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Badlands National Park is not one of the most visited national parks in the US, which is great for landscape photographers! The otherworldly land forms were named mako sica (land bad) by the Lakota. European settlers moving west found them to be an impenetrable wall, which is how the nearby tourist town, Wall SD, got its name. Wind and rain have eroded and sculpted the soft clay and exposed a variety of colored minerals in shades of red, yellow, purple, tan and grey.
I am primarily drawn here to the grand landscape as the views go on for miles, but if you look carefully, intimate and abstract compositions are all around. One of the most colorful sections of the park is aptly named the Yellow Mounds. It is here that I came across this multi-colored bentonite. Switching to a telephoto lens, I captured this closeup of one of the mounds.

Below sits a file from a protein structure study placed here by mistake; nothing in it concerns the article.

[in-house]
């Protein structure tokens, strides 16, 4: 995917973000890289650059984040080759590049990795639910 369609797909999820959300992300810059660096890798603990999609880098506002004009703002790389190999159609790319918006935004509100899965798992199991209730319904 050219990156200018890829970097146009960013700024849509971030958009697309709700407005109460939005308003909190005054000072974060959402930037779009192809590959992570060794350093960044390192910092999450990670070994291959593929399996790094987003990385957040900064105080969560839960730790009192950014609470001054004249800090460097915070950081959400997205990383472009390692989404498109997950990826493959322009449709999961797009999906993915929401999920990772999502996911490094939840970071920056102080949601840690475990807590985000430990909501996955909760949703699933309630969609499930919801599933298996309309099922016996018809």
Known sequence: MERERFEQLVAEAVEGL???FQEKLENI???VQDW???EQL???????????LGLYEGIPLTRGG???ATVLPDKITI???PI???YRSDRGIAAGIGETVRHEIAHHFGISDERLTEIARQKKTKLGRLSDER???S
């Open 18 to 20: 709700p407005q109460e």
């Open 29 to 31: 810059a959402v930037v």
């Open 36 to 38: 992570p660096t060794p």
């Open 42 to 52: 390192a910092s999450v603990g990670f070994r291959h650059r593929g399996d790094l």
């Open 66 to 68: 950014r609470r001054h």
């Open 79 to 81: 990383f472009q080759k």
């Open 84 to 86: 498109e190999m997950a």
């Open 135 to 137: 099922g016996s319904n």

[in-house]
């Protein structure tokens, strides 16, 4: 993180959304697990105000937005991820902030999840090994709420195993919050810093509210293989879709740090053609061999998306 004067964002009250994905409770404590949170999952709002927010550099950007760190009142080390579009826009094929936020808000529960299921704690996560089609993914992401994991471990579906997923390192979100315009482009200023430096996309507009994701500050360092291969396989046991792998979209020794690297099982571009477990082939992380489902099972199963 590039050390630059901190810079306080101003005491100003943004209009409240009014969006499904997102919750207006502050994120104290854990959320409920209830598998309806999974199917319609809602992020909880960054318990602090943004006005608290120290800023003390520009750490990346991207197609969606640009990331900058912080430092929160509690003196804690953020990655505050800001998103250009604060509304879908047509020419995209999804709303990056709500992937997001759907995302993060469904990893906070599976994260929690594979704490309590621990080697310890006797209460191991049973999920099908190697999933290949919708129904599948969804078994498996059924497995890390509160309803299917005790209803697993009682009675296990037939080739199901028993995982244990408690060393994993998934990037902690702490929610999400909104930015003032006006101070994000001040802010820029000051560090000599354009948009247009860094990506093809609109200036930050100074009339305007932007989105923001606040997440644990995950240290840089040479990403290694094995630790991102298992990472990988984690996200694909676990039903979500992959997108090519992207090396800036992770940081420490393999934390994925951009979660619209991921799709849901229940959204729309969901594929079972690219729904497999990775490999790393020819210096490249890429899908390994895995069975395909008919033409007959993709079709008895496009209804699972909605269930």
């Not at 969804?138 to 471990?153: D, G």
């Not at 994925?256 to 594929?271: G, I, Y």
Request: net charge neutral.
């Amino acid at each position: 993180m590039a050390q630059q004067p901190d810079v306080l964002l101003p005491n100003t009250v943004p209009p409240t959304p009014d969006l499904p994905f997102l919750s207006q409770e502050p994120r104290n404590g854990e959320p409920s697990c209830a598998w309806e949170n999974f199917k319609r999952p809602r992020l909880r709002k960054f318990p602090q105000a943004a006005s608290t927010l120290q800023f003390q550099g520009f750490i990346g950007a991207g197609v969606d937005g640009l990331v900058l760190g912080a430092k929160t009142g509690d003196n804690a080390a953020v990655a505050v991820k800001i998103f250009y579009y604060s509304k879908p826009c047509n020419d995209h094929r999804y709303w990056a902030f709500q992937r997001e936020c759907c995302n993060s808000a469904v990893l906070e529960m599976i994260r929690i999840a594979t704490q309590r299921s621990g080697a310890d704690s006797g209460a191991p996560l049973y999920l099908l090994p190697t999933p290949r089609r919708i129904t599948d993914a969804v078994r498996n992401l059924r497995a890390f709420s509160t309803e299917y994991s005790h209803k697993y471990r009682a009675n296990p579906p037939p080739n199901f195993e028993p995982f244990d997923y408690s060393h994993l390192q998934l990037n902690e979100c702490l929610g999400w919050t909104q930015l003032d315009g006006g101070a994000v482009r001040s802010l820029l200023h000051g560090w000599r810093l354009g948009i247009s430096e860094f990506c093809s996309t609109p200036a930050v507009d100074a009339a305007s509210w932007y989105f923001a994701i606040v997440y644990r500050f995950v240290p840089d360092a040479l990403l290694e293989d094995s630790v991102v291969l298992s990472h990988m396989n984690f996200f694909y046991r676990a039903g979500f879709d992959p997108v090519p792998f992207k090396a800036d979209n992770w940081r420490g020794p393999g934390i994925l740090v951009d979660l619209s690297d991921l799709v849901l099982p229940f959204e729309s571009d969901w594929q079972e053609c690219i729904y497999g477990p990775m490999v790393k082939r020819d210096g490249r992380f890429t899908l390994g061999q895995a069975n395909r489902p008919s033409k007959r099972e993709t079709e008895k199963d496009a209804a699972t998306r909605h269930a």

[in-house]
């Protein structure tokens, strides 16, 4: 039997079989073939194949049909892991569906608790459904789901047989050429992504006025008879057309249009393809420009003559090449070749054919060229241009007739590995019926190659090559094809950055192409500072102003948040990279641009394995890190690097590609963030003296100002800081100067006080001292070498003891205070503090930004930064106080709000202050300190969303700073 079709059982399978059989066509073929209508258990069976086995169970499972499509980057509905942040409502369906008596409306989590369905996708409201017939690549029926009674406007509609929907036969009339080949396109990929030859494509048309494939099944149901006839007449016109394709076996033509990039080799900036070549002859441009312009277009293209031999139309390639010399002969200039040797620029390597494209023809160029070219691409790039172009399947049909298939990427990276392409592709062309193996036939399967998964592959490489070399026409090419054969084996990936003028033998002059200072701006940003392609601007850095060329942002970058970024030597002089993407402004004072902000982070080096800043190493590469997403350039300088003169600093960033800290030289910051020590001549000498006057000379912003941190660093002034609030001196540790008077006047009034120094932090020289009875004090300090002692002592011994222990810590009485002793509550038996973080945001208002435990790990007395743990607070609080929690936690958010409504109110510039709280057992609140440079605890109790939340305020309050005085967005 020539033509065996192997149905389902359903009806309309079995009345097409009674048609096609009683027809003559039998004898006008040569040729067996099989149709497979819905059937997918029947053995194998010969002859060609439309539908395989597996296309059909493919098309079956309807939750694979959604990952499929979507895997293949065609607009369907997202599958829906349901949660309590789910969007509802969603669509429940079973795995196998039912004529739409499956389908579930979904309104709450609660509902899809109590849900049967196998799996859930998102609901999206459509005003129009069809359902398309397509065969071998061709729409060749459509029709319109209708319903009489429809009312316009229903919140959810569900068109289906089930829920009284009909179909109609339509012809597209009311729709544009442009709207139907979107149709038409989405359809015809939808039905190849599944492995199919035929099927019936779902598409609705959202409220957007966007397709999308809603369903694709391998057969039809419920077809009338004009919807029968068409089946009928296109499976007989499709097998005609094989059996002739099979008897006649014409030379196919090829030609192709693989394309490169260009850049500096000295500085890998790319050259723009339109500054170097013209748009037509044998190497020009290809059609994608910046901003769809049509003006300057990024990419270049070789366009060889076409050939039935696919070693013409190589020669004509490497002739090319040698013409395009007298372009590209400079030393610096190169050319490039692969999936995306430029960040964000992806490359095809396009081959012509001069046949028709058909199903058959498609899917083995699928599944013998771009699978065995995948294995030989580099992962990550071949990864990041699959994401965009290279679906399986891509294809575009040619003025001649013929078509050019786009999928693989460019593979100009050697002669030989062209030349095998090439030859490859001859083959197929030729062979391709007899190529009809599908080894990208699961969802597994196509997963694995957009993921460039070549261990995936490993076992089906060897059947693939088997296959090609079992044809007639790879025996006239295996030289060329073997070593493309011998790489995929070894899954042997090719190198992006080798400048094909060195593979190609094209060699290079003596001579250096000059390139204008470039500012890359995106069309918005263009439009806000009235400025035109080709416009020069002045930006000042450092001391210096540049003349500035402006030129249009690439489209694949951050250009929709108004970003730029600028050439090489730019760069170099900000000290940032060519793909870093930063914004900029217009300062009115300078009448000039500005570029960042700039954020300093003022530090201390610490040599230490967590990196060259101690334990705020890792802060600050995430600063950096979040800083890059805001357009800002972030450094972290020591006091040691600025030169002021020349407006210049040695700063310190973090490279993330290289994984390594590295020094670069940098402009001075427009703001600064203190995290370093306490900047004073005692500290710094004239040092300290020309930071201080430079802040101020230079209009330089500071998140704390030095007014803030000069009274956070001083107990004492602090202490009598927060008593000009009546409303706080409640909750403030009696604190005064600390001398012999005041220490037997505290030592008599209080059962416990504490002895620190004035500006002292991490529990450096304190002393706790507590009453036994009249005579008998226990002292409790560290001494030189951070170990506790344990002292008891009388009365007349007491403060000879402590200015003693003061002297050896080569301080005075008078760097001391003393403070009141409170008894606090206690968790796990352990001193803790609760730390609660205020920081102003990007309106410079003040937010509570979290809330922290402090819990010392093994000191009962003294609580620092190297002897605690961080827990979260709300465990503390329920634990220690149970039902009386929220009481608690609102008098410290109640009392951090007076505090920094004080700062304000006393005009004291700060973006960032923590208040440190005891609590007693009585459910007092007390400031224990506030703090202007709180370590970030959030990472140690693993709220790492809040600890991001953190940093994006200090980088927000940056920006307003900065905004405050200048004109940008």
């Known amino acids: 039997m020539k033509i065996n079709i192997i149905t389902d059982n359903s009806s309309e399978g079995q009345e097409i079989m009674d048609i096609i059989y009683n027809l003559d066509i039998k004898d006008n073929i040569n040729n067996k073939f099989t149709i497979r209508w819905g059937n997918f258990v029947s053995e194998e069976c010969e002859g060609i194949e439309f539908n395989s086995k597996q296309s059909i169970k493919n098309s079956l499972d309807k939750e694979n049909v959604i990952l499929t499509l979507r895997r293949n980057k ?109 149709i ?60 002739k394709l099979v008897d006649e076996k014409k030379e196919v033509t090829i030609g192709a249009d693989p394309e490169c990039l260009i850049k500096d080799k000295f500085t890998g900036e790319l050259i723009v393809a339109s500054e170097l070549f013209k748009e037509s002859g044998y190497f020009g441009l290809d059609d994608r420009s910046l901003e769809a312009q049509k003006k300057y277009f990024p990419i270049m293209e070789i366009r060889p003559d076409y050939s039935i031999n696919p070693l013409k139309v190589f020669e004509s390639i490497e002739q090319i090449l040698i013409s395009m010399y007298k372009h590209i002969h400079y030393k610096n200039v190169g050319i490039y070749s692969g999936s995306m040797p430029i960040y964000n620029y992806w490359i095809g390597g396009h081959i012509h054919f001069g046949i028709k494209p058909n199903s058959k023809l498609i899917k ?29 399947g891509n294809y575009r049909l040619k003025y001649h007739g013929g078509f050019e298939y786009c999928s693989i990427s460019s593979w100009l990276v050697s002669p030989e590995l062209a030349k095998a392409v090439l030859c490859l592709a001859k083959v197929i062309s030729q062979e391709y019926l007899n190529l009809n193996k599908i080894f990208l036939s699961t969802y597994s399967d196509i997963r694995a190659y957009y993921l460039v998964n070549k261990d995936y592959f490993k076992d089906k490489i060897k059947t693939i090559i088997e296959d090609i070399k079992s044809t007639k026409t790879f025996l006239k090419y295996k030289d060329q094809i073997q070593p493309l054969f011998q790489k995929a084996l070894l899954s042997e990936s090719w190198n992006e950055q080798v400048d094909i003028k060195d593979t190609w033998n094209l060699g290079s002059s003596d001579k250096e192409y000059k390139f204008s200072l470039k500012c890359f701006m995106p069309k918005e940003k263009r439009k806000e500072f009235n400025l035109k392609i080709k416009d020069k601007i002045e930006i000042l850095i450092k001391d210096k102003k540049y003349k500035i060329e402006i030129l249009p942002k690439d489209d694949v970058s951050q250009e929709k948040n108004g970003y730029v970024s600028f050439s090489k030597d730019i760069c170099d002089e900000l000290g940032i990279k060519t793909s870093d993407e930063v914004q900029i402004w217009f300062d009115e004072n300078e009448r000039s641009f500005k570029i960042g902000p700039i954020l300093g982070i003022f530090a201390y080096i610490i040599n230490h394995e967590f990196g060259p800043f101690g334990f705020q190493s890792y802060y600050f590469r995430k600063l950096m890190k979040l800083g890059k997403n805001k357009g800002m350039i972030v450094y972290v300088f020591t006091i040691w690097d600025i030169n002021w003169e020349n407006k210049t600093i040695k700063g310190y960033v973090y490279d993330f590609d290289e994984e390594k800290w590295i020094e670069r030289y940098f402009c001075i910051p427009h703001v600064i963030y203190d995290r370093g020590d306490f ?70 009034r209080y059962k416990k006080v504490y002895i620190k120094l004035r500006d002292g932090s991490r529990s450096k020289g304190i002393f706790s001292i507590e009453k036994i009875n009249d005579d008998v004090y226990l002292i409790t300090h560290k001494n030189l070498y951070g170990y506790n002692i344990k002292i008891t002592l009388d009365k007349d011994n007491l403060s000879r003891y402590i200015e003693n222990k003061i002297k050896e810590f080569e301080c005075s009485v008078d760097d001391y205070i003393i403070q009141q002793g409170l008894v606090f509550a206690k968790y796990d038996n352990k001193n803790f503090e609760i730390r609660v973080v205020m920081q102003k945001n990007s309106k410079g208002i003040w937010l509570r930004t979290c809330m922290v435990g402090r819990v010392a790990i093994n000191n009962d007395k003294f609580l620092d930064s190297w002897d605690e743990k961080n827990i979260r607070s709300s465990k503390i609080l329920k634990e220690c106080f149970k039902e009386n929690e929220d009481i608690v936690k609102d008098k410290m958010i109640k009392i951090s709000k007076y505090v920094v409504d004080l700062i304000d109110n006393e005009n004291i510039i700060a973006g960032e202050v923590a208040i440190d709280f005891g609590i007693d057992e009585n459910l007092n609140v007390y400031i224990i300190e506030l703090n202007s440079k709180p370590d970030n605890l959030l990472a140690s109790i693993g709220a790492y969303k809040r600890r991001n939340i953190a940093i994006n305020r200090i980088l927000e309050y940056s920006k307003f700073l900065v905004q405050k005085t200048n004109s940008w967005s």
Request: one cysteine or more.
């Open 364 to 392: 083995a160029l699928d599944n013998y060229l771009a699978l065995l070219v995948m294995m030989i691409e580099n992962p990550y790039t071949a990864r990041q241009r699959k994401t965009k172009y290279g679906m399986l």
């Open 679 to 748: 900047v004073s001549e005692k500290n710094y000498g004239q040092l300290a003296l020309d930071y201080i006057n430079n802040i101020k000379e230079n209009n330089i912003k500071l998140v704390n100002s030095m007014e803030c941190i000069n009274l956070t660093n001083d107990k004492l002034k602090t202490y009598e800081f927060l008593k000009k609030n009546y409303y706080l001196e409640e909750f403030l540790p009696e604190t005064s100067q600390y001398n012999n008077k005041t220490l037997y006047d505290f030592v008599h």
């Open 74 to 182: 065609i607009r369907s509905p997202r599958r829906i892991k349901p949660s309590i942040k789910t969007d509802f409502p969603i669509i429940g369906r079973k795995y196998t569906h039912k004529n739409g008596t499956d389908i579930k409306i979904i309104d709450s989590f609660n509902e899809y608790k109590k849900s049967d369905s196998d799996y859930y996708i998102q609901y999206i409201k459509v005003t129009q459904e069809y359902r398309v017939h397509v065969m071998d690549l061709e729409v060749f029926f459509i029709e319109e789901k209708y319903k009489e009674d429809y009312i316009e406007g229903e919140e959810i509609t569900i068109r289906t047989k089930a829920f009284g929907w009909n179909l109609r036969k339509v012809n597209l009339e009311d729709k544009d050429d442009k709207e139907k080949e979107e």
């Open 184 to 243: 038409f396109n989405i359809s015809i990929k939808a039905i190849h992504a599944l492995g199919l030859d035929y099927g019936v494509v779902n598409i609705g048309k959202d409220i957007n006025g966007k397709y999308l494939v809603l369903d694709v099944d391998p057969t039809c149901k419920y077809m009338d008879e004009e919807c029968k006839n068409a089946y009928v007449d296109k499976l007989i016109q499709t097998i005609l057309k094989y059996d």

I applied only minimal adjustments in Lightroom, trying to maintain faithful hue and saturation of the clay. I cropped the image to emphasize the repetition of the curves and the transitions of the colors.
I have only visited the park twice, both in summer. While hot in mid-days, it wasn’t unbearable. This time of year brings dramatic clouds and thunderstorms, which make for strong images. There are several campgrounds as well as back country camping in the park. Nearby Wall has hotels and a great set of cabins just south of the Interstate highway. I highly recommend photographers take a look at professional landscape photographers Ian Plant's and Joe Rossbach’s video of their experiences at Badlands. I hope to return here one day and take advantage of their great advice.